Your first and only album to this date is the legendary Swaddling Songs from 1972, released on the famous Deram label. How did you get in touch with Deram and please tell us more about this album.  
Our manager, Ted Carroll approached a number of people in the music industry. He knew the A&R man at Decca, Frank Rogers. We recorded demos for them and a drummer was suggested. We travelled between England and Ireland gigging when he could find us work, which was often difficult because we were too folky for the rock clubs taking on the likes of Thin Lizzy, and with drums we couldnít always play the more acoustic folk venues. Eventually we rehearsed up the twelve tracks for the album and put them down at Tollington Park Studio, London in December 1971. It was an all-consuming and thrilling time recording the best of what we had created over a three year period. We felt like we were involved with something really new and original. We loved the studio environment and were excited to move forward with the music and get it out to more people. A number of albums recorded on the Deram label suffered from a lack of follow-up promotion, and we were dismayed and perplexed when our record failed to have the desired effect. This threw the whole band into disarray and we never recovered. Twenty-five years and counting onwards, the album has earned a special place in psych/progressive folk rock history.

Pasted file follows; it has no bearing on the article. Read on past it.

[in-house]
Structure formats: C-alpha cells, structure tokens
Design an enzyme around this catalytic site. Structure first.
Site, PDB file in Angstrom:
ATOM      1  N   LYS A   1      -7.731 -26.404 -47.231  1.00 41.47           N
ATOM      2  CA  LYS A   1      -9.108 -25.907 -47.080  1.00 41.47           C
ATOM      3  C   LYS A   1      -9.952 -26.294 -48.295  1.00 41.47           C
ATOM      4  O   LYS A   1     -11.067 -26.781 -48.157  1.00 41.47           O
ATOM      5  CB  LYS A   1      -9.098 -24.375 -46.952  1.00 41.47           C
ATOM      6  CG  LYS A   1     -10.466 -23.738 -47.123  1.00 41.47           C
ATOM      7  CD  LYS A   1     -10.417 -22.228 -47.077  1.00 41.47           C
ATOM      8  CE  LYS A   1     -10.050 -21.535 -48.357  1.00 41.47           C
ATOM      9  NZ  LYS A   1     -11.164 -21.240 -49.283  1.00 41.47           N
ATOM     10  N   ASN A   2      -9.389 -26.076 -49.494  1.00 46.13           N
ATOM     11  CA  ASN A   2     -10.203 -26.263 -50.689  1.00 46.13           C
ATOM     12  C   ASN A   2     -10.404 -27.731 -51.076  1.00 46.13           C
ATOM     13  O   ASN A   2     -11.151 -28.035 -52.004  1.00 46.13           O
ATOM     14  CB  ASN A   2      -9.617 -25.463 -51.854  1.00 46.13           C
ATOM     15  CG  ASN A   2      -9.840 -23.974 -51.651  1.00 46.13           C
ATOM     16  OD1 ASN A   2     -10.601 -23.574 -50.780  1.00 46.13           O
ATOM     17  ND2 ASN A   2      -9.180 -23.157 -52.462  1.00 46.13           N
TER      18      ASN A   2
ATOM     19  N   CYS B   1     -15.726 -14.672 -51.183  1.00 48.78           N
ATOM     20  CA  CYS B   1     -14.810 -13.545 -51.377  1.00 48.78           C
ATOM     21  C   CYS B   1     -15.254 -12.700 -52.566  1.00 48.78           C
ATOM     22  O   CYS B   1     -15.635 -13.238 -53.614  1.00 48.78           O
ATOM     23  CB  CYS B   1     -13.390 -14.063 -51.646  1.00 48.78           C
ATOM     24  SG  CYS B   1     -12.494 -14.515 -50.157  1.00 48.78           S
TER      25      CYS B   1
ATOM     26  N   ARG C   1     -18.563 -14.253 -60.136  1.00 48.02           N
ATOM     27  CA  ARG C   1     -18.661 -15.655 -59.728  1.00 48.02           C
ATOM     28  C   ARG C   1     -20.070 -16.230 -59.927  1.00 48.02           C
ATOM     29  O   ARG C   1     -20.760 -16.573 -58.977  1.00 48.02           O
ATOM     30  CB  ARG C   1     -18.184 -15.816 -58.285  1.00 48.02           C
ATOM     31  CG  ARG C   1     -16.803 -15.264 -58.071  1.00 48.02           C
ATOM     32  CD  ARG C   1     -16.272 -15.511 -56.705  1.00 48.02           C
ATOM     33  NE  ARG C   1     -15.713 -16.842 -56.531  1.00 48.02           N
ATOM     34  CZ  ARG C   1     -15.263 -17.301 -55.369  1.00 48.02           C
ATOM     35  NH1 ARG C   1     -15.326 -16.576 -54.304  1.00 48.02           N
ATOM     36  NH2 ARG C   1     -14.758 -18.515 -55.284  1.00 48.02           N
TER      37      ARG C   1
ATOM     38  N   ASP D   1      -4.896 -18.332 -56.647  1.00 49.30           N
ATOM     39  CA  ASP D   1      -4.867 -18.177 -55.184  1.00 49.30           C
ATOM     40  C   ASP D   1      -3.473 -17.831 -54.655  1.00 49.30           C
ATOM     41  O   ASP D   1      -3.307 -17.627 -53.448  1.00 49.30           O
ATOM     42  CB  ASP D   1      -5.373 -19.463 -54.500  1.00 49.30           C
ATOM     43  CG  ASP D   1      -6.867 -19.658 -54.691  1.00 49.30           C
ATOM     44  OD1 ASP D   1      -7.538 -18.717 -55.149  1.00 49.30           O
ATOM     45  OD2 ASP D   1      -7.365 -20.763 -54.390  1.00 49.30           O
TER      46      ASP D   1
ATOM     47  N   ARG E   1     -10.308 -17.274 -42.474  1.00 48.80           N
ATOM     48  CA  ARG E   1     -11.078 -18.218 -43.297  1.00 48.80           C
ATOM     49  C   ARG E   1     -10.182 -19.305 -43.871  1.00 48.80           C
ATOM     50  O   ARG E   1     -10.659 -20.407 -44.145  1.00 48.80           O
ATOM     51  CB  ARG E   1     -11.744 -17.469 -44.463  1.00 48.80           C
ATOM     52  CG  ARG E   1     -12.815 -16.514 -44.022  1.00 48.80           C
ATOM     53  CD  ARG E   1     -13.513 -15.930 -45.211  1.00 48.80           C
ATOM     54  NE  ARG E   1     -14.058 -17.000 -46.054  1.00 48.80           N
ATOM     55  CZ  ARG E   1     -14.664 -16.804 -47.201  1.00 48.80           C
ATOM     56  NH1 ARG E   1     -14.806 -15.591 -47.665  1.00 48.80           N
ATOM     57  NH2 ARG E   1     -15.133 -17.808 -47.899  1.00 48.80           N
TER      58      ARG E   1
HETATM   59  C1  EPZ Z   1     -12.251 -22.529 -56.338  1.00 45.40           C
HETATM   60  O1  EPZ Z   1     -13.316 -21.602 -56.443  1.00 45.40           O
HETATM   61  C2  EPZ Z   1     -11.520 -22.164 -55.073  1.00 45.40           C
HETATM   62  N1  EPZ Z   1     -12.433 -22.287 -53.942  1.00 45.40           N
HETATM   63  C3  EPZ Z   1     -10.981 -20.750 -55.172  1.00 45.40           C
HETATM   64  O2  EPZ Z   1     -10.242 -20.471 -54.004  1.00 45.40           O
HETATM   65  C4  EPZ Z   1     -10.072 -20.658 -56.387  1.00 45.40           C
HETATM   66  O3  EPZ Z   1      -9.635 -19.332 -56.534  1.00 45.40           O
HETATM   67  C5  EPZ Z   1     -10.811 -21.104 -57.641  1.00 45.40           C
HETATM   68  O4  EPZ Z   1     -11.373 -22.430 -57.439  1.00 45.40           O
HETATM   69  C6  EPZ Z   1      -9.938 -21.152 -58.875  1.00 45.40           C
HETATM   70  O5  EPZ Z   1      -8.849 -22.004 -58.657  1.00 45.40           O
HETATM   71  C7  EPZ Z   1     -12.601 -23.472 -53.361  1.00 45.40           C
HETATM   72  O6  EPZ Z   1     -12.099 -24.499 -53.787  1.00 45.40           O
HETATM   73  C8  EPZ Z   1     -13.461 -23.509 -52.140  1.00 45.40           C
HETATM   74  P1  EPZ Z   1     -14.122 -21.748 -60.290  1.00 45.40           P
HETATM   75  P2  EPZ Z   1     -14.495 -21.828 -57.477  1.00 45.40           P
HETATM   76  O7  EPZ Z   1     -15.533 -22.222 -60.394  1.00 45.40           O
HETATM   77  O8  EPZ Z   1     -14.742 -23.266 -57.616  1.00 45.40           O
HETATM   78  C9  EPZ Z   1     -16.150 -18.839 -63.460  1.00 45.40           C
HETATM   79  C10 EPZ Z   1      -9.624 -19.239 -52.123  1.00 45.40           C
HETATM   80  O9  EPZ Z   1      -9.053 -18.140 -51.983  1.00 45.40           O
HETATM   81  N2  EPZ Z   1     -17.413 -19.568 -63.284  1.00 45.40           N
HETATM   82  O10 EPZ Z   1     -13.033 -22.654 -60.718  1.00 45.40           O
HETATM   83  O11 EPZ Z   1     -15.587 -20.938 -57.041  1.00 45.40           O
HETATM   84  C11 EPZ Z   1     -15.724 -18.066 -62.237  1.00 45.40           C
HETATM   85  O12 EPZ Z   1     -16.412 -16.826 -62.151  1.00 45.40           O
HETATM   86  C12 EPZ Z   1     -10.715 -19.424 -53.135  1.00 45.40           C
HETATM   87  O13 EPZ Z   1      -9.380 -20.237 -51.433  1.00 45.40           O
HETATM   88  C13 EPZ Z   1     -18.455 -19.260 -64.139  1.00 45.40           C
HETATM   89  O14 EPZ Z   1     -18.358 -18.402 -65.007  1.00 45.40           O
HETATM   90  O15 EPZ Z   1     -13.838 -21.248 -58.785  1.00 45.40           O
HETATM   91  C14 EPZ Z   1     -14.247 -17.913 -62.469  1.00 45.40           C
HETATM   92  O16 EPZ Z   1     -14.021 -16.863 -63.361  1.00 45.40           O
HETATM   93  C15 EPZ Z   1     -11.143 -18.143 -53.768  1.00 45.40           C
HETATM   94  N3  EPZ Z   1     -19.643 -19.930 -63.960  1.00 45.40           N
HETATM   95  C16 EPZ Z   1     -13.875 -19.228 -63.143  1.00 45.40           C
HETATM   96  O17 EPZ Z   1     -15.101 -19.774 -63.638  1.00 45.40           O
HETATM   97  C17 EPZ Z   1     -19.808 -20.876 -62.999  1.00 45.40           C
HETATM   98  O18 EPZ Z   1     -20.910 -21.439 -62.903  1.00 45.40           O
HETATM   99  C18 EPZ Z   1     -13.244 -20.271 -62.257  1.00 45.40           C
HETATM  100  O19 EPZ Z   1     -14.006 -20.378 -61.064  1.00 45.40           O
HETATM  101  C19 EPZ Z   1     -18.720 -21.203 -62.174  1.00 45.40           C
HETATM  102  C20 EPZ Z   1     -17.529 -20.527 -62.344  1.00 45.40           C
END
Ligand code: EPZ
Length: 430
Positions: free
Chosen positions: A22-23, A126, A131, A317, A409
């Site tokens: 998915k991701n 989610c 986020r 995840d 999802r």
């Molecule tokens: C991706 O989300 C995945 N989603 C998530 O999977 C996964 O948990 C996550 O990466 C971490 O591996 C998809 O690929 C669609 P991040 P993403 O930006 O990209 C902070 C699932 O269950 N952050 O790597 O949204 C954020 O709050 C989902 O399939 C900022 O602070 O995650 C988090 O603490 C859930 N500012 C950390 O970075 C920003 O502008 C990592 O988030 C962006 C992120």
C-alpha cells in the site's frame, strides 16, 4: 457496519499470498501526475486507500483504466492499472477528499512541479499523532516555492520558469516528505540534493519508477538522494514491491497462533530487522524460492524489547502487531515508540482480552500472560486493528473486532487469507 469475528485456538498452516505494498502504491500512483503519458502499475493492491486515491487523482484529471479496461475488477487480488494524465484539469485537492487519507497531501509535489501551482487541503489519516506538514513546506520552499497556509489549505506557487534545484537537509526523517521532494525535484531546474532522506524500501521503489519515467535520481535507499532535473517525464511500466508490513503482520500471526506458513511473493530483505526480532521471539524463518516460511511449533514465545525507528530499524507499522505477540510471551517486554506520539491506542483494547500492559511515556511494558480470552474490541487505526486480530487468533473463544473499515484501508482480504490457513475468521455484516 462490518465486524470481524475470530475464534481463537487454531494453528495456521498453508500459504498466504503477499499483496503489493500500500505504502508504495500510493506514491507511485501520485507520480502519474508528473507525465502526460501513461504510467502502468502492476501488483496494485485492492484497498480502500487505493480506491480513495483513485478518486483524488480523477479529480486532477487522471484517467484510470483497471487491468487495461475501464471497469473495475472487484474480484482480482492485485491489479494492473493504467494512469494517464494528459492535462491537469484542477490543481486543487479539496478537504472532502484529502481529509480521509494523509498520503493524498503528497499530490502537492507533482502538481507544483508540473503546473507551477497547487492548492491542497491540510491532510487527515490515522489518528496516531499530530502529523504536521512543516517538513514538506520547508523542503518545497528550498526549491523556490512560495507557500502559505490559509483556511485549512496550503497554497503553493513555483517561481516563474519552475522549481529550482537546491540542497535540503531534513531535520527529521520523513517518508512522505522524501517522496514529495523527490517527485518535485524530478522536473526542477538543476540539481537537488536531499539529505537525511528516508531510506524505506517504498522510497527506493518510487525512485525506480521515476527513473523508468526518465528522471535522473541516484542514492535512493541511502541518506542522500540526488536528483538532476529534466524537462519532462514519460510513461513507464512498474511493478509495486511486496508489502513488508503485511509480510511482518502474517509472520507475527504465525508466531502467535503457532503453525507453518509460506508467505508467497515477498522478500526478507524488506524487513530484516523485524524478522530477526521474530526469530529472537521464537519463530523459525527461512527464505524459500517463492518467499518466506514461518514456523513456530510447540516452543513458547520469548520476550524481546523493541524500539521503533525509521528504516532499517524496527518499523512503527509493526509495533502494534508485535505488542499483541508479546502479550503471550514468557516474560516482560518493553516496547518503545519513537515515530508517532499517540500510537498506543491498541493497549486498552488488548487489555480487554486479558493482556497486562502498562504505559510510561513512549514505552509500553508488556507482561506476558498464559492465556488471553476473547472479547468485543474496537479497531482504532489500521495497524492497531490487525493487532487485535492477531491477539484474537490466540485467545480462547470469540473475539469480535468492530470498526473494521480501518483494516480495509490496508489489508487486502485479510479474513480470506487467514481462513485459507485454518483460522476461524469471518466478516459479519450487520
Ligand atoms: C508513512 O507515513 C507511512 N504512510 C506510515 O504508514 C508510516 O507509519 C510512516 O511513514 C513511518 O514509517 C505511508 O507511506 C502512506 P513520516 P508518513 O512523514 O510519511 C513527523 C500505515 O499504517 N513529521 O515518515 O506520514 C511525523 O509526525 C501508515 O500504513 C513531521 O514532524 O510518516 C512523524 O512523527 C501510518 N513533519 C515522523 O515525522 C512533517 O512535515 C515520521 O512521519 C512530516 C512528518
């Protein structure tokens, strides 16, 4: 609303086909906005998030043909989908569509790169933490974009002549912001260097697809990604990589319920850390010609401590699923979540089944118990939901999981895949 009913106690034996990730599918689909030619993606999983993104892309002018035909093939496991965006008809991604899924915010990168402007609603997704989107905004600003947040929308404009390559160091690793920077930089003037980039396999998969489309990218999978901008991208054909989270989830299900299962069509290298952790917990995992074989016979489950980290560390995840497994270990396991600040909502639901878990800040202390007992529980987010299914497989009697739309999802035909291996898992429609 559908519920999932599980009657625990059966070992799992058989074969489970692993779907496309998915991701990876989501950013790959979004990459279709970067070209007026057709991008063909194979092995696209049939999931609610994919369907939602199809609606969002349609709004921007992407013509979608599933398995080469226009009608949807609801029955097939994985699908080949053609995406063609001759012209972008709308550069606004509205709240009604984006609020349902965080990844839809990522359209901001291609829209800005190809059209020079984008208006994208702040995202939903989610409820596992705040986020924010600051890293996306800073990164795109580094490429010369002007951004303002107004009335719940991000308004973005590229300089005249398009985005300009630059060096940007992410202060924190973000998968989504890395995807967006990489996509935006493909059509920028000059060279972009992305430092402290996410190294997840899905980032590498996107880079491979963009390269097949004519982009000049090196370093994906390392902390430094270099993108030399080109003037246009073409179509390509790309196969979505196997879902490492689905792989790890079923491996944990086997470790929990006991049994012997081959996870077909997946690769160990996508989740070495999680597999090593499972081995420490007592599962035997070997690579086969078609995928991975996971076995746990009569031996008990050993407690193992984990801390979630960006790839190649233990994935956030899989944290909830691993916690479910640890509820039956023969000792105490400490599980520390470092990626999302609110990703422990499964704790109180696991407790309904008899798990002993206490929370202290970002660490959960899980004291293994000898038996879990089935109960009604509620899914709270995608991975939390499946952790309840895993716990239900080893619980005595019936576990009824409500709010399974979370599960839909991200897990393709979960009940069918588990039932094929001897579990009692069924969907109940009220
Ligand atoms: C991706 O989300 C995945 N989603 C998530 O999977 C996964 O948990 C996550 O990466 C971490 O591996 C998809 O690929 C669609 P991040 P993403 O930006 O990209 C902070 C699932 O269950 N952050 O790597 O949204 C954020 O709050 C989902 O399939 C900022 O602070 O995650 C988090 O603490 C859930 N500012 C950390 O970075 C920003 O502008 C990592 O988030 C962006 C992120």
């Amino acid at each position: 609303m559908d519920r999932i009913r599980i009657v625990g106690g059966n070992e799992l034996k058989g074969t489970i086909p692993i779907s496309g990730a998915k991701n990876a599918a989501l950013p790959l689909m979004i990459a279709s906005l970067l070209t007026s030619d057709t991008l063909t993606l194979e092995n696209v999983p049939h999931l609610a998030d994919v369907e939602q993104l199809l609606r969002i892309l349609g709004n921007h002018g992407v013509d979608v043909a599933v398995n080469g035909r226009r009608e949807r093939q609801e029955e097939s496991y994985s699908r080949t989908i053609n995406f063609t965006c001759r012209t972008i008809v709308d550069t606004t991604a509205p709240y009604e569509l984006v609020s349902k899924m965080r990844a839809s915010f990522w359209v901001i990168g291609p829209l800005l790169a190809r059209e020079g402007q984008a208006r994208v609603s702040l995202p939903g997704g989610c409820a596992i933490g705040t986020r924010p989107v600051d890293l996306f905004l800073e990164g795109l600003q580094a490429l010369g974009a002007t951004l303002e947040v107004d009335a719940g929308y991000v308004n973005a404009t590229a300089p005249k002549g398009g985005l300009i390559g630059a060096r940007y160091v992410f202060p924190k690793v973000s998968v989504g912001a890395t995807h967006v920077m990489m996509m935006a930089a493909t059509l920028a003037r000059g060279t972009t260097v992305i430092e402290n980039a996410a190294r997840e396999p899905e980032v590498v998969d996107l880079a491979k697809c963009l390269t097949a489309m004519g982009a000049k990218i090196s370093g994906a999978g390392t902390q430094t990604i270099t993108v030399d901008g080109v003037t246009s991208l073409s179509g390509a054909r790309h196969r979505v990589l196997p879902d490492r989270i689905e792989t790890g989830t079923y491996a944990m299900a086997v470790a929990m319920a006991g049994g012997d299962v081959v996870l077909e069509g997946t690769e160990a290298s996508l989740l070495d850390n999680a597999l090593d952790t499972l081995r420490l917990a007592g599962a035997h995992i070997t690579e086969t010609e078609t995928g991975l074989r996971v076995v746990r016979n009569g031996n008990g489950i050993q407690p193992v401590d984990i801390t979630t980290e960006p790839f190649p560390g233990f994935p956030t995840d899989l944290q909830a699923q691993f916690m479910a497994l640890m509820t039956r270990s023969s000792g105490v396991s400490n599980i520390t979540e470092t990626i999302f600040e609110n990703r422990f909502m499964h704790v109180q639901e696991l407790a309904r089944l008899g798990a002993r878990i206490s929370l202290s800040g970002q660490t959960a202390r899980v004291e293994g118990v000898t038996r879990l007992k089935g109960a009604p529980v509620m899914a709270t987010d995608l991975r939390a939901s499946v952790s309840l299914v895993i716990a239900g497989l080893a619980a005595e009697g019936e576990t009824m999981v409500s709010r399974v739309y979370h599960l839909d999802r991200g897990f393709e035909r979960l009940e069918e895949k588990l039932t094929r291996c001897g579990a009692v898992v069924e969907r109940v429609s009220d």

What happened with Mellow Candle after this album and why did you split up? What have the band members been up to after Mellow Candle split up? Are you still in touch with the other band members?
When a larger following failed to materialise after the albumís release in 1972, the band struggled on for a while, but we were disheartened and disillusioned, and inevitably internecine problems overwhelmed us and we parted company under a heavy cloud. Dave and I went to Johannesburg in early 1974 and a few years later Clodagh and Willie to New York. Frank joined The Gary Moore Band for a time. Most of us got as far away from the seat of our professional and personal disaster as we could. Many years later, we are in contact with one another, made easier by the fact that three of us live in Ireland.